Britt Daniel, frontman of the 2022 Grammy-nominated indie rock group Spoon, came to Penn on April 13 to talk and sing for the 17th iteration of the Kelly Writers House Blutt Singer-Songwriter Symposium.
Held annually since 2006, the event is endowed by Penn alumnus and philanthropist Mitchell Blutt and his wife Margo Blutt. The symposium — which singer Rosanne Cash inaugurated — has since featured the likes of Suzanne Vega, Michelle Zauner, Patti Smith, and Rufus Wainwright.
The seminar-concert itself, which stretched from 5 p.m. to 7 p.m., was held in the main reading room of the Kelly Writers House and was hosted by longtime Penn professor and eminent music critic Anthony DeCurtis.
The seminar-concert began with a question from DeCurtis to Daniel and then continued in a cycle of question-performance until the very end.
The four songs that Daniel played across the night include: “I Summon You," “The Agony of Laffitte," “My Babe," and “Wild." The last two songs are from Spoon’s most recent Grammy-nominated album, “Lucifer on the Sofa."
Audience feedback was unwaveringly positive, with many staying afterward to ask Daniel questions, take selfies with him, and get their coveted records signed.
“He asked my name and shook my hand, and I don’t imagine that’s a thing that frequently occurs,” 2022 College graduate Rachel Swym said. “[He] was very personable.”
Others at the venue echoed Swym's sentiments.
“It was really good energy … I go to a lot of events, and honestly, sometimes I get tired. But this event was really good and I really, really appreciate that I was there,” College senior Andrés Gonzalez-Bonillas said.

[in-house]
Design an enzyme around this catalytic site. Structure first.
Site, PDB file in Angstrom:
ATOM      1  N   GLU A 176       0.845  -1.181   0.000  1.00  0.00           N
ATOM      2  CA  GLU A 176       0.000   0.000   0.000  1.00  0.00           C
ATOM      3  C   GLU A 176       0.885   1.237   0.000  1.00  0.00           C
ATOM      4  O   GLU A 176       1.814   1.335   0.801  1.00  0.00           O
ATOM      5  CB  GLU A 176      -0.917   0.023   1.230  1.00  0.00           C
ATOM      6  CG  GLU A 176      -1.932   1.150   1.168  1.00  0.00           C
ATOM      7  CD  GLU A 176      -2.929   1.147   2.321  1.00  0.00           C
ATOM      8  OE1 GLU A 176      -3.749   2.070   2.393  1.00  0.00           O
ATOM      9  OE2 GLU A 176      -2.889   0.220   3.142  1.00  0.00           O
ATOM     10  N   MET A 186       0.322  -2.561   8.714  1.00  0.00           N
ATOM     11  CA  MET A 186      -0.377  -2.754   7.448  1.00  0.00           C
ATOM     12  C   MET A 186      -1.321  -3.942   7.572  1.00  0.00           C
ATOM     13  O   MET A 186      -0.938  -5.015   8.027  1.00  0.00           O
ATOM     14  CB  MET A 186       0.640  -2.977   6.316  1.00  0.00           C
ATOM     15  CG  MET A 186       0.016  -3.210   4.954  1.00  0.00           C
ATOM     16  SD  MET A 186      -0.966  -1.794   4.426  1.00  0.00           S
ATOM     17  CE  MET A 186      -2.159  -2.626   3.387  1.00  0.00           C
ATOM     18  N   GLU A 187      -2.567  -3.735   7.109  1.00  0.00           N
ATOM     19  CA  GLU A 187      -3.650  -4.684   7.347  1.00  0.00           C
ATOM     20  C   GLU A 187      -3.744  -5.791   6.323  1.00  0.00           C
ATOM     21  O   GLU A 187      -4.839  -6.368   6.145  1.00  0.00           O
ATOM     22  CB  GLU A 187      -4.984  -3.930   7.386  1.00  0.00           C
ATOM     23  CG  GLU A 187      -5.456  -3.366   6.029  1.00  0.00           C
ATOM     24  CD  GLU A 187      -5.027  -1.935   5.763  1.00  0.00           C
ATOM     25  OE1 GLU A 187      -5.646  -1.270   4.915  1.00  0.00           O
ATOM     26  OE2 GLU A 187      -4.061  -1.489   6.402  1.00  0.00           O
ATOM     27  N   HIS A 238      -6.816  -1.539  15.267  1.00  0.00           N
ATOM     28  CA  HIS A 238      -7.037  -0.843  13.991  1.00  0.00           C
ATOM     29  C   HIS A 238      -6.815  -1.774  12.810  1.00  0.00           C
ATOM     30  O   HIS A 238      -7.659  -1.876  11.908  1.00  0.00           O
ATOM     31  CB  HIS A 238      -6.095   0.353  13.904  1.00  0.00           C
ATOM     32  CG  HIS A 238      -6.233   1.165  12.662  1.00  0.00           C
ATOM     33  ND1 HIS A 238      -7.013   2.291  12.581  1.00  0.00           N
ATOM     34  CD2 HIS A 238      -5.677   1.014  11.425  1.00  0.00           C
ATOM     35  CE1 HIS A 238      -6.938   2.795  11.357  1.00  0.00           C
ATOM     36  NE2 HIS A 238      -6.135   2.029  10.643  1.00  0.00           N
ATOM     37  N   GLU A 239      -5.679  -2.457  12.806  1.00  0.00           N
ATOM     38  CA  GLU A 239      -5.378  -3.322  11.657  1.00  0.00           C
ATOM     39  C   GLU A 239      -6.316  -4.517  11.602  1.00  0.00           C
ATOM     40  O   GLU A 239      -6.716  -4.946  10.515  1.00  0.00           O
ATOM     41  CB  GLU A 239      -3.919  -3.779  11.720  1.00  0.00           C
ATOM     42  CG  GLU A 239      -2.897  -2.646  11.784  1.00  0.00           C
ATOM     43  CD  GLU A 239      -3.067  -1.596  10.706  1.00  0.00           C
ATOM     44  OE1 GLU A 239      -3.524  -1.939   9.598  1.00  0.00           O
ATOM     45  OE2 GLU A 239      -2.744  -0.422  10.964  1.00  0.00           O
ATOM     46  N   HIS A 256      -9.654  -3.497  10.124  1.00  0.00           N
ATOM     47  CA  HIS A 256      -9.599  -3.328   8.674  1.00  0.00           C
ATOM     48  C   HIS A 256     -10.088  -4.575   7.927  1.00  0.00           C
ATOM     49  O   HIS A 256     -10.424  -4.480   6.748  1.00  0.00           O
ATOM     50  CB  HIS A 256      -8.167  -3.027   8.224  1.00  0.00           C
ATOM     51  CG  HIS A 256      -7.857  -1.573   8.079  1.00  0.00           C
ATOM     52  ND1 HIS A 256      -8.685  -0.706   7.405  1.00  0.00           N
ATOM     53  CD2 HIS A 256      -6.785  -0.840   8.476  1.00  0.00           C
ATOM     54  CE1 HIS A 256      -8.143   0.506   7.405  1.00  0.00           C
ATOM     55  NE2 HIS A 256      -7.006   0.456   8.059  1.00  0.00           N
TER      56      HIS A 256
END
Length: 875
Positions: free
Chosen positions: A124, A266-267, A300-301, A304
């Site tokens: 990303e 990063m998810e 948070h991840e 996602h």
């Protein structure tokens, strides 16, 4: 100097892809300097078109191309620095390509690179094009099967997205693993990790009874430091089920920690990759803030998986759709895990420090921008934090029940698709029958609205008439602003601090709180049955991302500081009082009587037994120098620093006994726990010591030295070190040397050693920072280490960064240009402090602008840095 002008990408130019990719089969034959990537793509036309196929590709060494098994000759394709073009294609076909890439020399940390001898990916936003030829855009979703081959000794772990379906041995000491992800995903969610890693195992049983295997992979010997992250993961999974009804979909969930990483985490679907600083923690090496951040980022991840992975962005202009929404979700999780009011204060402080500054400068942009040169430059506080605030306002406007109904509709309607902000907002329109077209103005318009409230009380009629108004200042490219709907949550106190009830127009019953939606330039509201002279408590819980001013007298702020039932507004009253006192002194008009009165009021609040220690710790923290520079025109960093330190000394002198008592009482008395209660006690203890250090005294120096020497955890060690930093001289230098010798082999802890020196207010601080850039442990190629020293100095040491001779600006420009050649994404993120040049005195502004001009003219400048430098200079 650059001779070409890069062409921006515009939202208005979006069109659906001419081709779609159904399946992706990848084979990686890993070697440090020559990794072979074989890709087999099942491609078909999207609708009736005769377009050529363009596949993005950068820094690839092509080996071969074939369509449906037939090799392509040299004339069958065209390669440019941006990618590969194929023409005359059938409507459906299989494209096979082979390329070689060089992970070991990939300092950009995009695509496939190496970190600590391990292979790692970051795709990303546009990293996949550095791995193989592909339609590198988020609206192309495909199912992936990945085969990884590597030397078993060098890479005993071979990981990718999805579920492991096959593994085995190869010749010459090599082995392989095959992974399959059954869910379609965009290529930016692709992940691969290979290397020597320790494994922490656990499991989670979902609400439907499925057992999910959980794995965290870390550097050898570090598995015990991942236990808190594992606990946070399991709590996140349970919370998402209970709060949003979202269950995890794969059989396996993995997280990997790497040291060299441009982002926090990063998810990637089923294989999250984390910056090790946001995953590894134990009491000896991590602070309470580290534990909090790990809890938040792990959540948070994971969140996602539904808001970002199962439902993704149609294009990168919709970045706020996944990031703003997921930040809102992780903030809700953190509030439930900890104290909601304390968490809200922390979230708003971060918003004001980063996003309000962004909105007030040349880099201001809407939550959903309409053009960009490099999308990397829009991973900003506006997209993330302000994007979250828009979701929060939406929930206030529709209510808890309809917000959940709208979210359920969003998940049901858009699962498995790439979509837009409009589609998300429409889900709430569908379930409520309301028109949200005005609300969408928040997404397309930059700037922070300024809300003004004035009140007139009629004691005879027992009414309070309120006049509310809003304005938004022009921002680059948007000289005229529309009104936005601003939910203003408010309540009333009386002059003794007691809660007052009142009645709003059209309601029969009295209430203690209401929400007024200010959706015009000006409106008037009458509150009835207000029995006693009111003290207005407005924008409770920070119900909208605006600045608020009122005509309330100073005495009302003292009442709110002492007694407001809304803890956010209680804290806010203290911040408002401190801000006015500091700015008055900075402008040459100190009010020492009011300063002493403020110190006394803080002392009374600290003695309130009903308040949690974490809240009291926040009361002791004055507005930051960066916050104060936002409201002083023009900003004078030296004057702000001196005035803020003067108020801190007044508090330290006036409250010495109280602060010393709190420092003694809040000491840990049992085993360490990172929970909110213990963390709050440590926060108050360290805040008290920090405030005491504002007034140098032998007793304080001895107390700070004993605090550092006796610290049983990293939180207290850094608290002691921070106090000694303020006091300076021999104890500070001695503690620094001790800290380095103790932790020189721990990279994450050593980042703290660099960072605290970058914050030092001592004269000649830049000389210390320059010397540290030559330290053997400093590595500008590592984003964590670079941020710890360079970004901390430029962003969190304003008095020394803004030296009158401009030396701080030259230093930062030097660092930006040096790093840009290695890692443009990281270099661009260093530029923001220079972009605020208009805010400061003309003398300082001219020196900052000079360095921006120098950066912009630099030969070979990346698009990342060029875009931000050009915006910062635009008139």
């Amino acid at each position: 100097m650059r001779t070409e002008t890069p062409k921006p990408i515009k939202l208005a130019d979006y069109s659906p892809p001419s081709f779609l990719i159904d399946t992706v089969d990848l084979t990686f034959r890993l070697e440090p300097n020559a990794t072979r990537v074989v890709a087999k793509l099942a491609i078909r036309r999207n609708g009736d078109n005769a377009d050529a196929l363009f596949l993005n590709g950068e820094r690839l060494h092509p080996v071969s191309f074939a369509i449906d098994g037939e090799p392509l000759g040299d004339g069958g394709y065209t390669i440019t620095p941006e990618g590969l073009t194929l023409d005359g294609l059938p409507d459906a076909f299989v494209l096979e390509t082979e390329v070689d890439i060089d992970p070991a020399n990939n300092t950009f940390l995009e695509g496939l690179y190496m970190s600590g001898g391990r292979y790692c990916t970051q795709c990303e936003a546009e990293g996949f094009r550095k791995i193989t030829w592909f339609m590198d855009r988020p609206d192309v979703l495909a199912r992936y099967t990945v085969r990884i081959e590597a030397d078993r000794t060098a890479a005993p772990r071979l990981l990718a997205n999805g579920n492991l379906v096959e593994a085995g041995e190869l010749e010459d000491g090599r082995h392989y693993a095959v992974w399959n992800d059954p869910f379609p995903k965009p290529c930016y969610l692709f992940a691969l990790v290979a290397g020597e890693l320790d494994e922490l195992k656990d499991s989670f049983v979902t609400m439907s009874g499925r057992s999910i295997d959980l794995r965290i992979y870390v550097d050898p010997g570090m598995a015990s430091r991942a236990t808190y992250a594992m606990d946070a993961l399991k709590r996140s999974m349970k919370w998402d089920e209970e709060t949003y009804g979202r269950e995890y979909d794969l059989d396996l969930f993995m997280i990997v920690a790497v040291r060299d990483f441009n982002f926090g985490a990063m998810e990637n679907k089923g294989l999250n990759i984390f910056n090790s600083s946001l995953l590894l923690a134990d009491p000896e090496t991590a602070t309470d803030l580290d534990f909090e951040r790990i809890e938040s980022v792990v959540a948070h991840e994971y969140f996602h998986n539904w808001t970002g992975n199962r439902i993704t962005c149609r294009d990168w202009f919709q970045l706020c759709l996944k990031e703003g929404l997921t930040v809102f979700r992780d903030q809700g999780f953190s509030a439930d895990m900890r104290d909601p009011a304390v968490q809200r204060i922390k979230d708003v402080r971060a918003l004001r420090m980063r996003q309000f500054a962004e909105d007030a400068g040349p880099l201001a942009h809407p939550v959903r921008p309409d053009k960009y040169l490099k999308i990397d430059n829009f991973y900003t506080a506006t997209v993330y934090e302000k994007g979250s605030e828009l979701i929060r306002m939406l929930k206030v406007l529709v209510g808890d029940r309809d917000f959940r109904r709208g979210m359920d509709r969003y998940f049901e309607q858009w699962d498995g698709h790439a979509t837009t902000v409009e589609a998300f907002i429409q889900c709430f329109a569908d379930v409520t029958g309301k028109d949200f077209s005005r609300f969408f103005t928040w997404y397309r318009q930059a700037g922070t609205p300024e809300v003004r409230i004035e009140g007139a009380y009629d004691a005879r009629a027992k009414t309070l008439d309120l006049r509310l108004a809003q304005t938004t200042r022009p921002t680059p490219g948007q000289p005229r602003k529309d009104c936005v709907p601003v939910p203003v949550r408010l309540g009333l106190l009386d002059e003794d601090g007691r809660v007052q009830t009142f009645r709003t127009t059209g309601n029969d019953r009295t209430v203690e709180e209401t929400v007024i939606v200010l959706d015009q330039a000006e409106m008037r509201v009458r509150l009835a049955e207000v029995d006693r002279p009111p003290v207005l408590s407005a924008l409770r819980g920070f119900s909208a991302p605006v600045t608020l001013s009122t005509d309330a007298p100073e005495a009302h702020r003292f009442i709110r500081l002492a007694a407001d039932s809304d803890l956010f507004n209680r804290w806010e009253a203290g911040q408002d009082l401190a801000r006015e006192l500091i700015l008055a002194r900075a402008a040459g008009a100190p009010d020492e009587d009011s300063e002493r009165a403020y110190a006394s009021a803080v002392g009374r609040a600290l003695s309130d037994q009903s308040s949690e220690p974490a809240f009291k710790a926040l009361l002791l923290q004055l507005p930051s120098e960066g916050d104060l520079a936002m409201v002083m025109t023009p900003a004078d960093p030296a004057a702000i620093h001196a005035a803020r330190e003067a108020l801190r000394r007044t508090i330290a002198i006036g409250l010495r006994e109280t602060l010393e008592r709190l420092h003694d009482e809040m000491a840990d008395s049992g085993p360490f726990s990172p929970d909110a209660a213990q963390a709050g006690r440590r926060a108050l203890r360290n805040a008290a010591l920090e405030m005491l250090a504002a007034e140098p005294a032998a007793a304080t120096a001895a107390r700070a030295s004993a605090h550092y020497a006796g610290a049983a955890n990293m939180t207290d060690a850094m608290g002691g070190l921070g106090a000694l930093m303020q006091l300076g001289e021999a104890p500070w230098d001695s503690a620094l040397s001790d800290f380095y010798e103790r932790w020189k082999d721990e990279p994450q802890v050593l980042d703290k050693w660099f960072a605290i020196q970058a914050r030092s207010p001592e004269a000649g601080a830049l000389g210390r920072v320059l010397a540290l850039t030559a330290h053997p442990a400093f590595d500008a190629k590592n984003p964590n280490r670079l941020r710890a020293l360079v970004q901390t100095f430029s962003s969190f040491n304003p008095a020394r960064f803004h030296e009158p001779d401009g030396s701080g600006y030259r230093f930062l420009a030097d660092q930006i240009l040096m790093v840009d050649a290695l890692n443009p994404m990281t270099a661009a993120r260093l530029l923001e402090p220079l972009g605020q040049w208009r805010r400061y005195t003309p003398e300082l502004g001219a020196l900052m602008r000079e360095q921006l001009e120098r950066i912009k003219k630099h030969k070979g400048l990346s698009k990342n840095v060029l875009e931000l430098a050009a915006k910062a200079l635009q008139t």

Mingo Reynolds has been organizing the Blutt Singer-Songwriter Symposium since its inception in 2006.
“I don't think people who want to spend their lives telling their stories in song could possibly be people you don’t want to know more about … Sometimes you just need the right angle of approach to be able to figure out why you want to listen to them — and that’s what the [Blutt Singer-Songwriter Symposium] does for me every single time,” Reynolds said.
The love was mutual, with Daniel himself singing high praise for his time on campus — including his sit-in on DeCurtis’ class, “Writing about the Arts and Popular Culture."
“I’ve met a lot of good kids today. It’s really good to see and meet these kids who are really interested in music and how it's made,” Daniel said. “We [Spoon] started out playing a lot on college campuses, so it’s still really exciting for me to do that.”
Daniel, who first picked up the guitar at thirteen and began the group in 1994 while enrolled at the University of Texas at Austin, has since produced nine albums across his 29-year career, including numerous songs for movies such as “Cloverfield," “Spider-Man: Homecoming," and “Stranger Than Fiction." He currently lives by himself in Austin where he said the endless opportunities to “see live music out” make him “a happier person.”